Watching Trees Grow

by Don Meyer, Ph.D. | Sep 13, 2014

“There is always music amongst the trees in the garden, but our hearts must be very quiet to hear it.”
Minnie Aumonier

I remember the laughter I caused among some community friends when I found myself saying out loud these words, “I like watching trees grow.” Even I had to laugh at the sound of it. But lest you think I have nothing else to do or that there must be something wrong with me, allow me to explain. 

Here on the VFCC campus we have planted many trees since the college moved here in 1976. I could show you every tree that has been planted in the past 18 years since Evie and I came here. In 2000, two rows of maple trees were planted behind the Harrup Administration Building and those trees keep growing and growing. 

When I was talking to my friends I was actually referring to those trees. Every time I walk past them I am amazed at how much they have grown in almost 15 years. I guess I actually have been watching trees grow. 

But the trees I would like to talk about here are not those trees but rather the ones around our old farmhouse. For 18 years these trees have also been growing. Because they are so familiar and we see them countless times a day, we can almost look right past them. 

Harry Emerson Fosdick said, “Of all man’s work of art, a cathedral is the greatest. A vast and majestic tree is greater than that.” So I decided to go for a walk and look at the trees in and around our yard. Since many trees line the fence around the house, I had to keep my observations to some primary ones within our yard.

Although we have several white pines in our back yard, it is the huge one that holds up our wooden porch swing that has the most character. Wet snow has taken its toll on most of the branches but that ragged and rugged look has a character all its own.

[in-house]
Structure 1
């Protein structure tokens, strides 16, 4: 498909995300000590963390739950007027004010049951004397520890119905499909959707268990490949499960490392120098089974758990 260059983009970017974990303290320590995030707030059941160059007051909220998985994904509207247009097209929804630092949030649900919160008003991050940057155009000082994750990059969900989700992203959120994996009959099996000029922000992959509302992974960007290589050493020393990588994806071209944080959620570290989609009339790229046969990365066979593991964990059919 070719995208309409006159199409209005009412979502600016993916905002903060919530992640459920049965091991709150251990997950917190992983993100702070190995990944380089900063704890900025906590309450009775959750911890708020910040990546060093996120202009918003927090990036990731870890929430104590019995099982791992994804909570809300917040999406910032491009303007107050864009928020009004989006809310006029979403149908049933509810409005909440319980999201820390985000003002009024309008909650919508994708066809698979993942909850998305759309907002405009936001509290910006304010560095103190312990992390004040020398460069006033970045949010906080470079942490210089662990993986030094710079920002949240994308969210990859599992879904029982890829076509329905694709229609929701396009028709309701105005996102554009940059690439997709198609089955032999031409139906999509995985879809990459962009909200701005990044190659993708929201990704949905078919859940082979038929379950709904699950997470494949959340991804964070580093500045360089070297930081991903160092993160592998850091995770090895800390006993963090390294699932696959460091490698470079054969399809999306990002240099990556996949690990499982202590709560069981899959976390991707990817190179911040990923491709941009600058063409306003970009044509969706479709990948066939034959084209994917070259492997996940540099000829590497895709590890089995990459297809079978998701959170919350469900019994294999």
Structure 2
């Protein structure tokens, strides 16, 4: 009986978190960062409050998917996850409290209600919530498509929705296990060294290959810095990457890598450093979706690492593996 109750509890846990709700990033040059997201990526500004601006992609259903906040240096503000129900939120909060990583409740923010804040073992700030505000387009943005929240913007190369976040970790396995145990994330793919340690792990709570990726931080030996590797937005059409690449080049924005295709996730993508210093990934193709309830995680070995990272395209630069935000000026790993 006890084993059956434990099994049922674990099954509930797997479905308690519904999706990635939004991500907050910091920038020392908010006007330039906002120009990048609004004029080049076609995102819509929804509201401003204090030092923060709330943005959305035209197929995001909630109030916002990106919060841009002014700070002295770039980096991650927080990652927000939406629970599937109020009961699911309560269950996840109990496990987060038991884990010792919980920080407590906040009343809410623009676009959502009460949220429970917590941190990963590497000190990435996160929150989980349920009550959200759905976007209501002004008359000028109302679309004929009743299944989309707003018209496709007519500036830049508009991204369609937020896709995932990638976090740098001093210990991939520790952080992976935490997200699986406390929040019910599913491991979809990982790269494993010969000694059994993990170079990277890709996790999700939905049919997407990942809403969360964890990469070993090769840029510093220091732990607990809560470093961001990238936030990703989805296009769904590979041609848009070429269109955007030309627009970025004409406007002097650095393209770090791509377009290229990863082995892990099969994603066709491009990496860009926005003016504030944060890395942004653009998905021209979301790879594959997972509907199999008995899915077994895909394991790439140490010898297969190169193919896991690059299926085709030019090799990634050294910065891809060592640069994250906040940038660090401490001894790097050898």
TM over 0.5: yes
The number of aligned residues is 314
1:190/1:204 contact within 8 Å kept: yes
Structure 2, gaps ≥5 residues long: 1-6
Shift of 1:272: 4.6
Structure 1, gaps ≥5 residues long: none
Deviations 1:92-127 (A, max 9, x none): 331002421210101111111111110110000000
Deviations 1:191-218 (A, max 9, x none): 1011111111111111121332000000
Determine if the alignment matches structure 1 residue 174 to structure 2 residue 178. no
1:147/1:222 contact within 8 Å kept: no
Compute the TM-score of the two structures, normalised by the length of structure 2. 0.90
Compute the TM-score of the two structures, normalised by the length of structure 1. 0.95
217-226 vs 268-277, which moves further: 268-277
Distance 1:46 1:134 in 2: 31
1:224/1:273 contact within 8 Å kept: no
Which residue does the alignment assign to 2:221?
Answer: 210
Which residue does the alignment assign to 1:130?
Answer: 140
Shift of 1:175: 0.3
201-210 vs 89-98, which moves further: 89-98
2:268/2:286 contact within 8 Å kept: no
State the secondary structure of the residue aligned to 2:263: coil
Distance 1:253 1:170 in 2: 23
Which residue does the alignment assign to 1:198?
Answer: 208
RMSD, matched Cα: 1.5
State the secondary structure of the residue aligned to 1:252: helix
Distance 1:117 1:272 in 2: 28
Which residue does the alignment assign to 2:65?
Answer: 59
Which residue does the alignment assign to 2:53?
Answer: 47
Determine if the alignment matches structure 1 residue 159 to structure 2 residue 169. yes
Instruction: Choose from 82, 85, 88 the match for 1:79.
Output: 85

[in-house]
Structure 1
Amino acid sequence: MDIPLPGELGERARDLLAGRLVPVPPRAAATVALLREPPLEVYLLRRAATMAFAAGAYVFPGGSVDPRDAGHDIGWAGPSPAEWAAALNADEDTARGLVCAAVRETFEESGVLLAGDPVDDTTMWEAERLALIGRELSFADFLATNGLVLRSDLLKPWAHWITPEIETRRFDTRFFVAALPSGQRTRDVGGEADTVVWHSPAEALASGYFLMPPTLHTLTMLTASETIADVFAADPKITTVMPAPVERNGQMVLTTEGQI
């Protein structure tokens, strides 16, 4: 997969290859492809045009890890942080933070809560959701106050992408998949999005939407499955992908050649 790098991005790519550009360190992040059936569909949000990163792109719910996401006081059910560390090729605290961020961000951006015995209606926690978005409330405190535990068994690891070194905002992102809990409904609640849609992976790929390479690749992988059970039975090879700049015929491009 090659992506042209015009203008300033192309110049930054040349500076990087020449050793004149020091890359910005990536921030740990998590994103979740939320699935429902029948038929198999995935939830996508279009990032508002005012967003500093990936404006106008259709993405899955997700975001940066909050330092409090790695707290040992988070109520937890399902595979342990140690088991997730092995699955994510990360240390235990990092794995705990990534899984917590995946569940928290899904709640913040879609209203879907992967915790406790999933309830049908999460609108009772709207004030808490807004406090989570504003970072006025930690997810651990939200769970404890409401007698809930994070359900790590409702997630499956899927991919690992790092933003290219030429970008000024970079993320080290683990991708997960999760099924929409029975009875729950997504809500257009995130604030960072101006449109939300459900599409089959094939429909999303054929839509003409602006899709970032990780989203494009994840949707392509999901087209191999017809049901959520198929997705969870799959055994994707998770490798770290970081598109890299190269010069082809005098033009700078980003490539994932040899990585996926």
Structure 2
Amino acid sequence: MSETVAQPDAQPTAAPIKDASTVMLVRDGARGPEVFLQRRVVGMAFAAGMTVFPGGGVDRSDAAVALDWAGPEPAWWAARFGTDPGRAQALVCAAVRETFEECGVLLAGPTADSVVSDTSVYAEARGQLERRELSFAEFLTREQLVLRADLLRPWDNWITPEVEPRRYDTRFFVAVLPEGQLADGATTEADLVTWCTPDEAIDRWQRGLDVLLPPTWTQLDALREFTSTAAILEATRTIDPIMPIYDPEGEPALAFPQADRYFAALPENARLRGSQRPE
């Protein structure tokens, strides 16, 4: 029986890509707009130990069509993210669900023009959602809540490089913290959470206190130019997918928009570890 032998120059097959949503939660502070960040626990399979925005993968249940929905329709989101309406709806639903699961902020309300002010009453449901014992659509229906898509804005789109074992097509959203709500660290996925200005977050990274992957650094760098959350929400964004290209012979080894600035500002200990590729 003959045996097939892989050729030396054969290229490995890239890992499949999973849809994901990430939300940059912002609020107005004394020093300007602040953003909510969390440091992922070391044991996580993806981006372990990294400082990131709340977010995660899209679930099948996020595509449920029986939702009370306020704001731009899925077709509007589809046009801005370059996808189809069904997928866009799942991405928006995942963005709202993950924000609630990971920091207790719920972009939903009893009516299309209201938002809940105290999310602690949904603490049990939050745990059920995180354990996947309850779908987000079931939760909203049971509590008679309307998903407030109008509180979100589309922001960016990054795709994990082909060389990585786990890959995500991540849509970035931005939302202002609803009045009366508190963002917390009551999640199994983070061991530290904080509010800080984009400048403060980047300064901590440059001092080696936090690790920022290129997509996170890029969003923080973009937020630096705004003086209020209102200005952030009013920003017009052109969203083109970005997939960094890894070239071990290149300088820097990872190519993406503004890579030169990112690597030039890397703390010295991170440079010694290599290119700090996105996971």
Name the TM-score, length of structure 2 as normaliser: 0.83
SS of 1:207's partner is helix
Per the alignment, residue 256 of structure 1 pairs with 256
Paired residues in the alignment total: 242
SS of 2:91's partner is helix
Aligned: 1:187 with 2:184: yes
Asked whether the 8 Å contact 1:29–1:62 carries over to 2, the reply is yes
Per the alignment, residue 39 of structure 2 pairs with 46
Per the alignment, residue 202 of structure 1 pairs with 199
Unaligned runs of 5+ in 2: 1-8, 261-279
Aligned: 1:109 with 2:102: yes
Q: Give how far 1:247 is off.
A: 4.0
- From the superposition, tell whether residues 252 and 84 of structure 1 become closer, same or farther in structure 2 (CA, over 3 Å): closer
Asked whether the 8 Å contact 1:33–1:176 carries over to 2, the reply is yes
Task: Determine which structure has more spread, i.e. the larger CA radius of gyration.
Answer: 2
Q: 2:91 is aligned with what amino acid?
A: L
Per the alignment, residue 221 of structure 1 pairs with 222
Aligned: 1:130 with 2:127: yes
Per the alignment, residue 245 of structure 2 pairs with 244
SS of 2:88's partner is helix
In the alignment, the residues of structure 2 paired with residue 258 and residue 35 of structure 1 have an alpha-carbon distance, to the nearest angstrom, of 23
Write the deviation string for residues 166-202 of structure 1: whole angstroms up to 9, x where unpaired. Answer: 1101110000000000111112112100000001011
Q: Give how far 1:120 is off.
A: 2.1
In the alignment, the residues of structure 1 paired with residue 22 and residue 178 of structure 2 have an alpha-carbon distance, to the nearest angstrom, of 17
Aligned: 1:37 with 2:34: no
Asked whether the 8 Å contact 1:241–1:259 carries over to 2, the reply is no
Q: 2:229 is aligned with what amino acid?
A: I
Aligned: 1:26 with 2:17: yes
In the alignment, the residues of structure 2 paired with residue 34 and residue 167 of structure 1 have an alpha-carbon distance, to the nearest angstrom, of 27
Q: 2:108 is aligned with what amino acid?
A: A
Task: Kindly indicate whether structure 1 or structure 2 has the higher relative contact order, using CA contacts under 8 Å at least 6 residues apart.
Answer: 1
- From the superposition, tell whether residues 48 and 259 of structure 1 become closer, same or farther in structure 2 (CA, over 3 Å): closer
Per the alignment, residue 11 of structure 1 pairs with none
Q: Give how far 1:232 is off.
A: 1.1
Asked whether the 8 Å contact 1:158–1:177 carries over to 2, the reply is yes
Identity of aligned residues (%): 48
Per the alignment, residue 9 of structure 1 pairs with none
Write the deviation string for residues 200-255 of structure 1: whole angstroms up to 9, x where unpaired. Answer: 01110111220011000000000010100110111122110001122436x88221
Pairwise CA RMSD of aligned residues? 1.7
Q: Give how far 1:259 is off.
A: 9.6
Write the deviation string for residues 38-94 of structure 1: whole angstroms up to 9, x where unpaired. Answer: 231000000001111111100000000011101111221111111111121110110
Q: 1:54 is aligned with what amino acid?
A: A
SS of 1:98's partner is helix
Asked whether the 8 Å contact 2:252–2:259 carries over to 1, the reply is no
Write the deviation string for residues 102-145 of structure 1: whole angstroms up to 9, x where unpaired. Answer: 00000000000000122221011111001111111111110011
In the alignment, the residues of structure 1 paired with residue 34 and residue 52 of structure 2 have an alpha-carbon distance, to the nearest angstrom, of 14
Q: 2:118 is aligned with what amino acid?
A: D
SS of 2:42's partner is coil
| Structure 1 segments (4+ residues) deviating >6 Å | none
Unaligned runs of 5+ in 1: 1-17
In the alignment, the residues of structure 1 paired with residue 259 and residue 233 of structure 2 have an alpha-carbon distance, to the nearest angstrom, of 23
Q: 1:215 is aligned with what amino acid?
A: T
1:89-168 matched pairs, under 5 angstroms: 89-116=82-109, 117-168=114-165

The largest tree in our back yard, however, is an elm tree. I always feel smaller when I stand next to it. It was growing there long before the first soldier came to the Valley Forge Military Hospital. 

Evie and I planted a weeping cherry tree that we called our “Celebration 2000” tree. That was the year our new library and the Renaissance Academy opened; the Chapel was expanded to almost twice its size; the other half of the dining commons was opened; and 27 old dilapidated military buildings came down. I will never forget carrying it out of the trunk of our car and over these years we have watched it grow to more than 25 feet tall.

We also planted an apple tree when Noah, our grandson was born. Each time he visits we have a tradition to take his picture by his tree. We planted another apple tree and a plum tree nearby. 

Maple trees are spectacular in the fall. We have several that turn brilliant yellow. But in our front yard it is the sycamore trees that make the boldest statement. Actually, it is one of the three sycamore trees that speaks the loudest.

Anyone who comes up our driveway immediately sees it. To call it majestic would be an understatement. I had never measured its circumference but for this column I decided it was time. With the help of some baler twine, I discovered it is just under 16 feet around. The oldest part of our house was built somewhere around 1850 and this tree was probably growing there when the foundation was dug. 

In his 1914 poem “Trees” Joyce Kilmer began, “I think that I shall never see a poem as lovely as a tree” and he ended with “Poems are made by fools like me but only God can make a tree.” 

Think about it.

Dr. Don Meyer is President of 
University of Valley Forge Christian College, Phoenixville, Pa. 
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